I bought a Macbook Pro back in March of last year, but it wasn’t until today I realized the full extent of the journey I’ve made.
Our local CompUSA is closing. The storewide sale, now over a month old, still has a lot left in the store, with most items still a paltry 10-20% off. I stopped by, and was struck by what I saw- CompUSA was not as much in the computer selling business, as it was in the PC Enabling business. There were cables, accessories, keyboards of every type imaginable, web cams, mouse pads, dvd’s, cd’s, software, network protection, utilities, modems, routers….. you name it. PC’s are essentially built as a very blank tablet, and everything you need to make it work functionally is extra.
Compare that to my MacBook Pro experience. Opening the box on arrival revealed something that felt like opening up a treasured relic- from the colors to the packing materials, everything screams “pleasure” and “Experience”- probably what has led JJ Abrams in his TED talk to say about his MacBook, “What are you going to Write worthy of me”, even if some days he responds “Dude, Today I’m out, I got nothing.”
This sharp contrast between a PC with all these add-ons and wires, and the MacBook , not to mention the new MacAir, which envisions a wire-free future altogether, got me to thinking that owning a PC induced Stockholm Syndrome on its users.
Stockholm syndrome is a psychological response sometimes seen in an abducted hostage, in which the hostage shows signs of loyalty to the hostage-taker, regardless of the danger (or at least risk) in which the hostage has been placed. Stockholm syndrome is also sometimes discussed in reference to other situations with similar tensions, such as battered person syndrome, rape cases, child abuse cases and bride kidnapping. The syndrome is named after the Norrmalmstorg robbery of Kreditbanken at Norrmalmstorg, Stockholm, Sweden, in which the bank robbers held bank employees hostage from August 23 to August 28 in 1973. In this case, the victims became emotionally attached to their victimizers, and even defended their captors after they were freed from their six-day ordeal. The term Stockholm Syndrome was coined by the criminologist and psychiatrist Nils Bejerot, who assisted the police during the robbery, and referred to the syndrome in a news broadcast
This might seem extreme, but bear with me for a minute. While Apple is not perfect, they do make the buying experience and the unboxing experience a true occasion. And the after-market experiences I have had with tech support and in the Apple Store have been pleasant. I have rarely felt angry or frustrated the same way I have felt countless times dealing with tech support for the various PC’s I have owned, their components, the software that doesn’t work well, etc.
I am tired of paying Symantec the annual Hostage fee to make sure my PC doesn’t explode, for example- I feel like I’m paying a yearly ransom. For the Mac, by comparison, the software that comes with the machine is terrific. The additional software packages, like iwork, work well and intuitively, negating the need to buy multiple after-market manuals and videos to figure out how stuff is done. Converting things to and from PDF on the Mac is native; doing the same thing on a PC requires special software (which you have to purchase) and it’s far from intuitive to use.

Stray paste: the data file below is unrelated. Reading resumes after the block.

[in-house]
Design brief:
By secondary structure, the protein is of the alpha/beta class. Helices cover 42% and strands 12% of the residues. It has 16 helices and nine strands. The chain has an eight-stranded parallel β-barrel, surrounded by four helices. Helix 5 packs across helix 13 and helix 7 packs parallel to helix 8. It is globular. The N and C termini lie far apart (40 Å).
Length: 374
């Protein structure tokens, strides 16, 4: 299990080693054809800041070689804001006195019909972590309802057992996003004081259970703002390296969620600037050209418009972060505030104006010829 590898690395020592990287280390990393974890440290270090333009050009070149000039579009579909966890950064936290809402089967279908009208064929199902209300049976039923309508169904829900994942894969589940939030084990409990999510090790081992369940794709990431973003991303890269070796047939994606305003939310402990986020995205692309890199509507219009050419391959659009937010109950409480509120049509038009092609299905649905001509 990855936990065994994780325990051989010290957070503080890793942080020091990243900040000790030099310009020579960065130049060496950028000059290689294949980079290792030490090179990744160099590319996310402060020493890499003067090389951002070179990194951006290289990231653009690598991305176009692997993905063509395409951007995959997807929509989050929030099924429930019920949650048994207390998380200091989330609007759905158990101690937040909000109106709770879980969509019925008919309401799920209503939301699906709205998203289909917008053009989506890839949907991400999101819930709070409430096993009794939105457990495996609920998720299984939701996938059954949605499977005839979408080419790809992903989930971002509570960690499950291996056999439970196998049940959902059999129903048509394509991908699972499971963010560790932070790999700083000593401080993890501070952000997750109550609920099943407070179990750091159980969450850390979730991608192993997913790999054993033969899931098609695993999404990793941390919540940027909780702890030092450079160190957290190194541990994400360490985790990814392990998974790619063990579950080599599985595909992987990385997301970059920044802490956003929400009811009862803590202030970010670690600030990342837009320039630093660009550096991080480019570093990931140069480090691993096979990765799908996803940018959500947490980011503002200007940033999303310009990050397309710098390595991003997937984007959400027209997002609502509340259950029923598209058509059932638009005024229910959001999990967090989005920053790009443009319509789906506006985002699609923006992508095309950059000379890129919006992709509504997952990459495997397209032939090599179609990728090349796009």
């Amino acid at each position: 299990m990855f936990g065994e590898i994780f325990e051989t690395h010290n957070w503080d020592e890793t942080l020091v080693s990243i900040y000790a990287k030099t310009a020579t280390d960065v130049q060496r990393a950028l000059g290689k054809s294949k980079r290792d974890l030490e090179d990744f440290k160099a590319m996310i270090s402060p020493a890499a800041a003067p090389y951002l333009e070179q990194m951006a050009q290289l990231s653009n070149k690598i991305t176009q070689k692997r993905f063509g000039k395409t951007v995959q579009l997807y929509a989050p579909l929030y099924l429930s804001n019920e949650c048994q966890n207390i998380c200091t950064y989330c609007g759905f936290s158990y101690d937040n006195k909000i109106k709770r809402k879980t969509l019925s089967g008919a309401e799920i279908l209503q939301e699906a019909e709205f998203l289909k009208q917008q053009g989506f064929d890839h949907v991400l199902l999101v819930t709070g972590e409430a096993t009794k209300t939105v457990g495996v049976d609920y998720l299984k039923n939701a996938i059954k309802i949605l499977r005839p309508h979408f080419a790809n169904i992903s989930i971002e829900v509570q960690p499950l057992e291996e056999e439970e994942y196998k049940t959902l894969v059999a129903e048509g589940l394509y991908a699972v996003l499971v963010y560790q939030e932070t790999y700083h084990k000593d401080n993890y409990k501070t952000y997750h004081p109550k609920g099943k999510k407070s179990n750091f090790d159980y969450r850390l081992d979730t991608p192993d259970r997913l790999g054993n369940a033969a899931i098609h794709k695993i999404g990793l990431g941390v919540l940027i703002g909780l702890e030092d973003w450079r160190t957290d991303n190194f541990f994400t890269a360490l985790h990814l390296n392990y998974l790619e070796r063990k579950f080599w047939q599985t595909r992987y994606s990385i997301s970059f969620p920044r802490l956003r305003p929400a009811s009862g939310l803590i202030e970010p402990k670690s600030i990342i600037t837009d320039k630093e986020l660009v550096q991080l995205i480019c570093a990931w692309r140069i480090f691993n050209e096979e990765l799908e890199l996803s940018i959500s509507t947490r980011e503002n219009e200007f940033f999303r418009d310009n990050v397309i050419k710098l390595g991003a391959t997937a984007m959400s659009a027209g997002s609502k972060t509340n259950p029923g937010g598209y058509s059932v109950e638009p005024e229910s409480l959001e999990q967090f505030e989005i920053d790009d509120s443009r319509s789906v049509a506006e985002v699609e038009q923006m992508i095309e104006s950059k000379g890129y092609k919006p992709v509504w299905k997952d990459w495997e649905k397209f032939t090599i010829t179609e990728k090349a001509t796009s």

Uploading files to my servers, for example, is a one step process with freeware or a great little program called fetch. The equivalent on the PC is a much costlier program or an incredibly time consuming procedure. (I am sure someone could find me a short cut, which would be great). Flickr Uploadr on the Mac uploads pictures for me in a snap in the background; on the PC it is a very time consuming process, as you upload only 6 shots at a time, waiting….waiting……
The mass evangelism PC users accuse mac lovers of is not due to joining some sort of mystic cult once we plunk down our money- and that assumes the Mac comes with some sort of Jonestown Koolaid I never found in the box myself. It’s the fact that once you get a taste of the freedom engendered by things that just work, by a lack of wires, by the simplicity of doing things without having to go purchase another cable or piece of software….It’s like getting out of jail. You may even be in denial and use both systems at the same time. You might even put Parallels on your Mac and run Boot Camp, so you can keep your ties to the PC World and the applications you were used to….but it’s Stockholm Syndrome.
Bill Gates brilliantly built a platform that has never run out of upgrades, tweeks, programs, add-ons, peripherals- things that have spawned more cottage industries than the ipod- and that’s saying something. The PC was created by engineers, to do “serious work” while the mac was designed with end users in mind.
I’m curious to what you think, and I am sure this will engender all sorts of comments. But for those of you that use both platforms, isn’t there a little of Stockholm Syndrome applicable? I use my pc and mac at the same some days. The side to side experience is always striking in terms of the user experience, and the ease of use- and it makes you ask why the PC has not evolved, other than they suffer from an inability to see a way out of their own conundrum, so they stick with what they know, defend it, and will be gradually buried as the business model based on “put up with it” or “I’m the only game in town” slowly dissolves before their eyes.
What do you think??? Can the PC enterprise and business model survive in a world where “that costs extra” is no longer tolerated by consumers who want plug and play only? (And as a bonus- watch David Pogue’s TED talk, including great songs like “Don’t Cry For Me Cupertino” and “Hello tech support my old friend” (aka Sounds of Silence).